We would then file in in numerical order and shake the hands of the girls we just saw, who were standing at the doorway as we walked in, and immediately be paired off with a girl from that chapter. In order to make conversation flow more easily, the chapter deliberately matches you with girls in their house that they know have similar interests to you, so they were queued up in order in the same way that we were. They then whisked us one by one into a room filled with tables and chairs, collecting a glass of water (that I would never have a chance to drink) as we went. They would then engage us in small talk about literally anything we could find that we had in common, asking pretty basic questions like ‘where are you from?’ ‘what’s your major?’ and ‘why do you want to join a sorority?’. Without fail, about 99% of the conversations I had always started with ‘OMG you’re British??? I’m, like, 1/16th European!’ or ‘I had fish and chips once!’, which got a little tedious. Once about 10 minutes had passed, another girl would materialise out of nowhere at the side of her sorority sister and introduce herself. The girl I was talking to would then make a generally contrived introduction, such as ‘We were just talking about how much we love the beach! You’re super into beaches too, aren’t you XYZ?’ The chapters I preferred tended to be the ones that made transitions more natural rather than the strangely choreographed ones. This happened until I had met around 3 girls from the house.
After we had been to every single house (around 9.30pm) we had to rank each of the sororities in order of preference, otherwise known as ‘preferencing’. Our top 7 we marked as ‘1’, then our bottom 4 as 2, 3, 4 & 5. When creating schedules for the next day, if a sorority we had ranked as 1 didn’t rank us so highly, then our number 2 would fill that spot and so on. That’s supposedly the mutual selection bit.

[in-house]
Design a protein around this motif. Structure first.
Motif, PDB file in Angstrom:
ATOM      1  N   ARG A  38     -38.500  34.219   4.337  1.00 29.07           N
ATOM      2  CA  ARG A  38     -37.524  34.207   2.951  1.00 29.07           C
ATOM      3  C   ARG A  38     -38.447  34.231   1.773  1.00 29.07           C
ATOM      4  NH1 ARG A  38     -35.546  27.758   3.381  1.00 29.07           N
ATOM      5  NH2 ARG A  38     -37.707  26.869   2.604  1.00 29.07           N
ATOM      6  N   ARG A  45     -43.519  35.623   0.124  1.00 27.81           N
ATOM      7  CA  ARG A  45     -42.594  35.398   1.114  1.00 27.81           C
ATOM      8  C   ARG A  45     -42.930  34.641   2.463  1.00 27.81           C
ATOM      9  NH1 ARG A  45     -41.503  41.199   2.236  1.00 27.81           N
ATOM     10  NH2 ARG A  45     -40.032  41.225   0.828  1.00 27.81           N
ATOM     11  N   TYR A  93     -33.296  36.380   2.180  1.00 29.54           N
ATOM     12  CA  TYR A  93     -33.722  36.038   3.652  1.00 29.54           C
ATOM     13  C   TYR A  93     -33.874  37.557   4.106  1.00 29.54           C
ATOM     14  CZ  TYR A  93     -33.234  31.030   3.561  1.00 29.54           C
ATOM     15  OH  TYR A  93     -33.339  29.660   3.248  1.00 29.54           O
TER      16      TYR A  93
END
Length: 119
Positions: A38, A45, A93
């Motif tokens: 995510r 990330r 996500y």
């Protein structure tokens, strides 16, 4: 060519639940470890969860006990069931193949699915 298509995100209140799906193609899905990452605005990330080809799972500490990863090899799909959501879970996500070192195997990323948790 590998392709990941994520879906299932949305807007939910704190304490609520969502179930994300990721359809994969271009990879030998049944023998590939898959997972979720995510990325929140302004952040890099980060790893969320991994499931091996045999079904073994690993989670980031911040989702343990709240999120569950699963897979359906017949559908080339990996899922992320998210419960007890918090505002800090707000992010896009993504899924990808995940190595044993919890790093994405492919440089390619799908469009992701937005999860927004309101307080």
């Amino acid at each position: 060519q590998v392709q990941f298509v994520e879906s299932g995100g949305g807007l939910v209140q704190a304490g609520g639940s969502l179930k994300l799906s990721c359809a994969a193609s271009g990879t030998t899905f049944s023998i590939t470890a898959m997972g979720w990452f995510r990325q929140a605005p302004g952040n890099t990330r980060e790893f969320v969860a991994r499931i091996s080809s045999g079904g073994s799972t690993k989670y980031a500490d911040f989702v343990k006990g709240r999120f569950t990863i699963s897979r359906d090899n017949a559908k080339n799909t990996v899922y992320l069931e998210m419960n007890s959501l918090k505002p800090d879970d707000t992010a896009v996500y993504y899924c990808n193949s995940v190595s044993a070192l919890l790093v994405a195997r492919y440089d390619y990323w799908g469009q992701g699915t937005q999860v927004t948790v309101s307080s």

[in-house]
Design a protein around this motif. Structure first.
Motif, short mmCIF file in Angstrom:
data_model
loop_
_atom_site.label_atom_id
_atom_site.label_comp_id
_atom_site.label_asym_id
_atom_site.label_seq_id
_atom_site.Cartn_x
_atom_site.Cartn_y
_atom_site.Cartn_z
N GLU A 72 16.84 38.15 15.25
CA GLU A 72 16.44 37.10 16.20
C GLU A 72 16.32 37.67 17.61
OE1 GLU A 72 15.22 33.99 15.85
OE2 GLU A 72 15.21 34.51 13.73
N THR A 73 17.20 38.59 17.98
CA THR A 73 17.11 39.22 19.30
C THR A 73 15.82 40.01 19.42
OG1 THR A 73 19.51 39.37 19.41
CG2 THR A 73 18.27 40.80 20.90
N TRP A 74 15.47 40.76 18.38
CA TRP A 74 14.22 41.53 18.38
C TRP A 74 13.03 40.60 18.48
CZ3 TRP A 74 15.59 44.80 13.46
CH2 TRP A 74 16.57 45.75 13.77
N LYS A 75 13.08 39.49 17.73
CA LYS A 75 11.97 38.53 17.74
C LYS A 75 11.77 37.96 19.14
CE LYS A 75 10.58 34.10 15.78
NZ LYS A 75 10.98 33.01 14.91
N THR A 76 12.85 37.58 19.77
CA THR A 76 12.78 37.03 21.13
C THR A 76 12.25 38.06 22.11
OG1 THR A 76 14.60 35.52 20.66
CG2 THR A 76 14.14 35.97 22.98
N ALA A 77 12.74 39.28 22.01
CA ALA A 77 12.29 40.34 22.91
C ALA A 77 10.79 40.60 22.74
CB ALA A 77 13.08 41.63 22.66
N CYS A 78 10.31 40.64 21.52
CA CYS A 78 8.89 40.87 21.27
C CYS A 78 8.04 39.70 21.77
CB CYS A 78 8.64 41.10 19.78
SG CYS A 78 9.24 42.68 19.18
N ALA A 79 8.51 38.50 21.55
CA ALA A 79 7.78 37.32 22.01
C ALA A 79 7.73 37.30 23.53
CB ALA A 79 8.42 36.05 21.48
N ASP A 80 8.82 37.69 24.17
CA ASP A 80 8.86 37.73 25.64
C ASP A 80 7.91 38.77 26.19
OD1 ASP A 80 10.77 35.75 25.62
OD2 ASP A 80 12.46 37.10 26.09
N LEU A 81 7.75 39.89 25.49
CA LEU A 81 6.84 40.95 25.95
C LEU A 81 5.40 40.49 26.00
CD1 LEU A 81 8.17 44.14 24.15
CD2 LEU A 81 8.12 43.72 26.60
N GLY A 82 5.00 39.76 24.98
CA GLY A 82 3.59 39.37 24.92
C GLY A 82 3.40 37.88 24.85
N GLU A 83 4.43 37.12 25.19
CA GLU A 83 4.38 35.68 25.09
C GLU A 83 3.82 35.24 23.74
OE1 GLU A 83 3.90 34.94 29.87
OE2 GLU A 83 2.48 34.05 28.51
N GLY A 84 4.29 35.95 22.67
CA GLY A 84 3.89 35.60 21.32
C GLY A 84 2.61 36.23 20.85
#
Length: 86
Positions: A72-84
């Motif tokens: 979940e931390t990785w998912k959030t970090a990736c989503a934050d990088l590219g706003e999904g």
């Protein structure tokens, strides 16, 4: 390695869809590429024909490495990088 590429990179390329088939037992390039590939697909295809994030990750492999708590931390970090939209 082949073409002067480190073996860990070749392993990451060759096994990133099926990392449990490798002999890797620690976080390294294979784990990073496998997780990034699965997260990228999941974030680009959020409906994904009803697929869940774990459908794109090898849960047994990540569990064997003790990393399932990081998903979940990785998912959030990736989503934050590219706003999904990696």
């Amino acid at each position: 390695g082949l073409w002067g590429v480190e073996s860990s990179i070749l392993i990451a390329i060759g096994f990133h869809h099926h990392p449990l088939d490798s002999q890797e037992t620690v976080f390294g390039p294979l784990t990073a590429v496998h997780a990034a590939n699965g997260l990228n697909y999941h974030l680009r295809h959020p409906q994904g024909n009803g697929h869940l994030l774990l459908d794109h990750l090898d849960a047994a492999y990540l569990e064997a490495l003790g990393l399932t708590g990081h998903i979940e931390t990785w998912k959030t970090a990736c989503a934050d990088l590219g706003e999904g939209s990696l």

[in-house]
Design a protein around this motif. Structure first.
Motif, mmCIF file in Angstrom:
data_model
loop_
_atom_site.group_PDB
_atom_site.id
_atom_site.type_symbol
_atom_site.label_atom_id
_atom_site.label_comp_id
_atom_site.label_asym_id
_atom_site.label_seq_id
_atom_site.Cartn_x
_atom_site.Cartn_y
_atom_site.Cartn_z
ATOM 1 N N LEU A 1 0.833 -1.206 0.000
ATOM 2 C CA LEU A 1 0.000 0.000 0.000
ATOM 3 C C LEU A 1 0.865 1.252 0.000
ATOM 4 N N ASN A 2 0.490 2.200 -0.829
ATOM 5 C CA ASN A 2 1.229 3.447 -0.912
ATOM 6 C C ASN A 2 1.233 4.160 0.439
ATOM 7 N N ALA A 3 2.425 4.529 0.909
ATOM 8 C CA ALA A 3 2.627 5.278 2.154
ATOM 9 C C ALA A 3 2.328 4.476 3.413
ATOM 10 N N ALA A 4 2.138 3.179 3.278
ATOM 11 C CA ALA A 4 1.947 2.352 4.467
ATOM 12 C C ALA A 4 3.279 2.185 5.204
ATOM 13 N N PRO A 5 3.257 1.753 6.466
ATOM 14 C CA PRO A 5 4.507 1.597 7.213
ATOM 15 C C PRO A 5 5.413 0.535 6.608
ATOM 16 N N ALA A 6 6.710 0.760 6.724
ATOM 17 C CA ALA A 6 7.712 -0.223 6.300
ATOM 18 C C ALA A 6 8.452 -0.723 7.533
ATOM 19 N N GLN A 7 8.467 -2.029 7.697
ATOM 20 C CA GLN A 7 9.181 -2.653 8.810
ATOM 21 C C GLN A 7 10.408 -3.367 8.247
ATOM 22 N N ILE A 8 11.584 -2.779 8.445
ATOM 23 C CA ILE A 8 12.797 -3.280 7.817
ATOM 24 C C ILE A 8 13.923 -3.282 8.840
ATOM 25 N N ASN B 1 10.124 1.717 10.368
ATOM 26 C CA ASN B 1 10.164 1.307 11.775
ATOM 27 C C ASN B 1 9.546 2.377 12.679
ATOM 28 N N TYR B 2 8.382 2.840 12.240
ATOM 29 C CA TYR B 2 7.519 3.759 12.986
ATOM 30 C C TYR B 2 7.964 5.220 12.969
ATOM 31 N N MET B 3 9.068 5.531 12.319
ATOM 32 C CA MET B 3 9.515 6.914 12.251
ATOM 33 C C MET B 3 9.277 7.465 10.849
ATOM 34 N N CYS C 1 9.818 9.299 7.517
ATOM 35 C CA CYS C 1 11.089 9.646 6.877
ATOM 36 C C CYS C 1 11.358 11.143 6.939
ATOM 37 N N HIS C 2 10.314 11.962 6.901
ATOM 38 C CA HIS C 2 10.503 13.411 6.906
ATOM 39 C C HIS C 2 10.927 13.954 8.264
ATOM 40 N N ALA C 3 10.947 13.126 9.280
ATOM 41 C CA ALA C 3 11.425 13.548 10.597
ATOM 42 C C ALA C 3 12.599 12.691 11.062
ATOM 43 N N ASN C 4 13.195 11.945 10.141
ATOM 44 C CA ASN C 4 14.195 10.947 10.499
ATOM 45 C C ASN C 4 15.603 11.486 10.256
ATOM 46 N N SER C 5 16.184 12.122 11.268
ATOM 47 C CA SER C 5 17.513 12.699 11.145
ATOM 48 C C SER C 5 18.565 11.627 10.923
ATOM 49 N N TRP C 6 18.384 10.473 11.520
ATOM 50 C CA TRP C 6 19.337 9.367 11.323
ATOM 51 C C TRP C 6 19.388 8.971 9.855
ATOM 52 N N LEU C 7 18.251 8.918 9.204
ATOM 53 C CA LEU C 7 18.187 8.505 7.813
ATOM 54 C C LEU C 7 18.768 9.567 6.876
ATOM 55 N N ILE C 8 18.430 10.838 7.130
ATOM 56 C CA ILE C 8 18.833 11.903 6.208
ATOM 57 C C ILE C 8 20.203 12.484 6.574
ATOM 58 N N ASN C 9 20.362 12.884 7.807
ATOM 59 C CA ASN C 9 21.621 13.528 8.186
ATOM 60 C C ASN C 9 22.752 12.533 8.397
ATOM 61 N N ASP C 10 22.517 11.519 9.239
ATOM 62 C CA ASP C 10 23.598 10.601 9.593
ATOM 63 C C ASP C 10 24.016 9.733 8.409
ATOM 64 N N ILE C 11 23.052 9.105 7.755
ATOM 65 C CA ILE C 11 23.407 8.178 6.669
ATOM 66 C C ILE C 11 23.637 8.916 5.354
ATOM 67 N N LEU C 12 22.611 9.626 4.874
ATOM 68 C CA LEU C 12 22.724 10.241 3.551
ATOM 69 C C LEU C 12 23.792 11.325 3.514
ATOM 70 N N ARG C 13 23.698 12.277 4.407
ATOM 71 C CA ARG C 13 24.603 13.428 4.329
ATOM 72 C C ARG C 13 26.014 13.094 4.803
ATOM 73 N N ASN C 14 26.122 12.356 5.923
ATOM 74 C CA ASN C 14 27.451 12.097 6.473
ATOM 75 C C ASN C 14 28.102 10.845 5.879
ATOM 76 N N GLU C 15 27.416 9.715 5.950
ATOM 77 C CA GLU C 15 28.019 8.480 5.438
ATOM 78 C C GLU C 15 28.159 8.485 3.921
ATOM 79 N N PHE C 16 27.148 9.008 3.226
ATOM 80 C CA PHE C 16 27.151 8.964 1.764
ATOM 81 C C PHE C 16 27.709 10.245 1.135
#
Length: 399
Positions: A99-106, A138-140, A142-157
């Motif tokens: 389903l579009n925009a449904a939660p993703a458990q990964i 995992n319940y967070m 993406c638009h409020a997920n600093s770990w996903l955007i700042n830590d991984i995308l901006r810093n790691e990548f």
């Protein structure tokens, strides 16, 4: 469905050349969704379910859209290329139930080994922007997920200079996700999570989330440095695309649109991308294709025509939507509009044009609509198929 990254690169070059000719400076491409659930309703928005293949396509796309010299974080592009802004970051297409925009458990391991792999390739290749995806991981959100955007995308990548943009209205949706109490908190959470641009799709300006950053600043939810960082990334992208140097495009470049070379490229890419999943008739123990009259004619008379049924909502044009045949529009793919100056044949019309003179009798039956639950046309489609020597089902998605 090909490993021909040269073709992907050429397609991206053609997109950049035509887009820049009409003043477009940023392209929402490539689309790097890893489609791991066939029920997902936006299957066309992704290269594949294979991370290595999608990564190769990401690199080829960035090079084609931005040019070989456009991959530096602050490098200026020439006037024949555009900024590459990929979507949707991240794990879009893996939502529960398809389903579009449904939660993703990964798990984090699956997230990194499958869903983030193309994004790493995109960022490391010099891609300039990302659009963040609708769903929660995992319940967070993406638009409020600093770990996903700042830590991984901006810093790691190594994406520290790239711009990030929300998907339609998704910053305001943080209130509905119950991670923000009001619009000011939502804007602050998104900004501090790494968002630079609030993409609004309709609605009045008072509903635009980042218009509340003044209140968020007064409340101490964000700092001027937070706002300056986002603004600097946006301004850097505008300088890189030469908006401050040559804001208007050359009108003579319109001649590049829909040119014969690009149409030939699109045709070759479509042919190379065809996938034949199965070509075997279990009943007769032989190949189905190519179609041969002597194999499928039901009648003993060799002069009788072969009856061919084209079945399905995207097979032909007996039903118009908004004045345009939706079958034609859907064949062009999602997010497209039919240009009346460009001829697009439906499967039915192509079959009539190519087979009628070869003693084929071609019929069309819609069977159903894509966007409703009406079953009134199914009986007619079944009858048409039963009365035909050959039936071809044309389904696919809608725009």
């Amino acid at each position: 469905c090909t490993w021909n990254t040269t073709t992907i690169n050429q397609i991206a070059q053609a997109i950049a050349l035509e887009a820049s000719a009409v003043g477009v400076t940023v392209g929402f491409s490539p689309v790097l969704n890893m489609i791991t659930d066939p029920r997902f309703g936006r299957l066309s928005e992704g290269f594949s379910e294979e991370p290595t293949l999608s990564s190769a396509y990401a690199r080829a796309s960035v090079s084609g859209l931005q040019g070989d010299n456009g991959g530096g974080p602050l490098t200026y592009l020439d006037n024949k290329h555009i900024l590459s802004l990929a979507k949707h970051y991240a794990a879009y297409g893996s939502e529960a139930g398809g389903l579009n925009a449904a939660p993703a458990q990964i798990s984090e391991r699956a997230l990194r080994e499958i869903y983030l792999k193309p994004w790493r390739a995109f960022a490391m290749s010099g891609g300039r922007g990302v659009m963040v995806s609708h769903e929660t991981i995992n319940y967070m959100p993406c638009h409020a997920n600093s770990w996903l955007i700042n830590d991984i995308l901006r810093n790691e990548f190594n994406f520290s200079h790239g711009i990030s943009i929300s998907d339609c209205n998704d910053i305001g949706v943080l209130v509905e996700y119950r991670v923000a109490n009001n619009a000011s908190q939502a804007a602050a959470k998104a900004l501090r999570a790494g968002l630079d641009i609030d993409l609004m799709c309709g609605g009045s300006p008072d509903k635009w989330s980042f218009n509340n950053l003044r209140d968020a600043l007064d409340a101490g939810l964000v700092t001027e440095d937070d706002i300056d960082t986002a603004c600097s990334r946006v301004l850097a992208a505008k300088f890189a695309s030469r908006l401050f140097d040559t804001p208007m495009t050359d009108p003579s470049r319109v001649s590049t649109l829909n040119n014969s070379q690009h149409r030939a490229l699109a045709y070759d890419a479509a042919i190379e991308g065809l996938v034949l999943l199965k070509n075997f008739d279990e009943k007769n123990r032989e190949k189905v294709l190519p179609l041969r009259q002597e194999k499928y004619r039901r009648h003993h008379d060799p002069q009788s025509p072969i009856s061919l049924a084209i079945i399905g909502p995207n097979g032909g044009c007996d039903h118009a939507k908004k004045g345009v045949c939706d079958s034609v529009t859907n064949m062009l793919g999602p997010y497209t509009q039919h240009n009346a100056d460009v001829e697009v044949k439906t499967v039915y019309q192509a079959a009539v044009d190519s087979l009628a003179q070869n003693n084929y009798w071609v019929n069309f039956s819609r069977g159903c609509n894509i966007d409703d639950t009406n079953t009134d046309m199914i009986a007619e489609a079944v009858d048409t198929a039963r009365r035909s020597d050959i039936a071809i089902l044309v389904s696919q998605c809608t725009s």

Round Two: House Tours
A little bit later this time (although still horrifically early) we again all met at the Inverted Fountain and were given our new, slightly shorter schedules for the day. I was lucky enough to be invited back to 8 houses (1 more than we were supposed to) as one of my secondary choices had not received enough ‘1’s so needed to fill the gaps. I hadn’t realised how emotional the recruitment process would be for some people until this morning. Some people had only been invited back to 3 or 4 houses (i.e. rejected from 7 or 8) and there were quite a few tears!! I guess if this is something you’ve grown up aspiring to do when you reach college, it must be quite a shock when it doesn’t quite all go to plan. It also highlighted the superficiality of the whole process to me – it really is luck of the draw whether someone gets invited back to a house or not. It could just be that in the first round they aren’t paired up with someone they have anything in common with! It seems a bit silly to me that a house is supposed to pick a girl based on a brief, contrived conversation she has with someone who only represents a tiny percentage of the diverse personalities in the house.
For this round, we had to provide our own attire and we were advised to go for something ‘a little dressier’ than the day before. To be honest, I’m convinced that what you wear to all these rounds doesn’t matter in the slightest – I never once felt that someone was even glancing at what I was wearing.
House Tours still primarily involved talking to girls in the house, although this time we were given a tour of the sorority house. This was pretty cool, as all of the houses are absolutely immaculately kept mansions. Seriously, every single room looked like it had been lifted directly from a Pinterest board – fairy lights, white painted bunk beds and all. I would have taken a photo, but we’re strictly banned from taking phones into the houses. It was actually quite refreshing having conversations with people without the constant nagging at your attention – I’ve found since I finished the rush process that I’ve been reaching for the phone a lot less, which I guess is a good thing.
Again, we were given a glass of water that we would not be given a chance to get a sip from. One of my criteria for seeing which houses I liked the best was how they reacted when I asked them to pause the conversation so that I could have a gulp!
The door chanting didn’t stop today, and once again I had to battle my way through about 100 screaming, clapping women to reach the door on my way out. I took a sneaky video of one house’s door chant, so you can see it really is like that YouTube video in real life!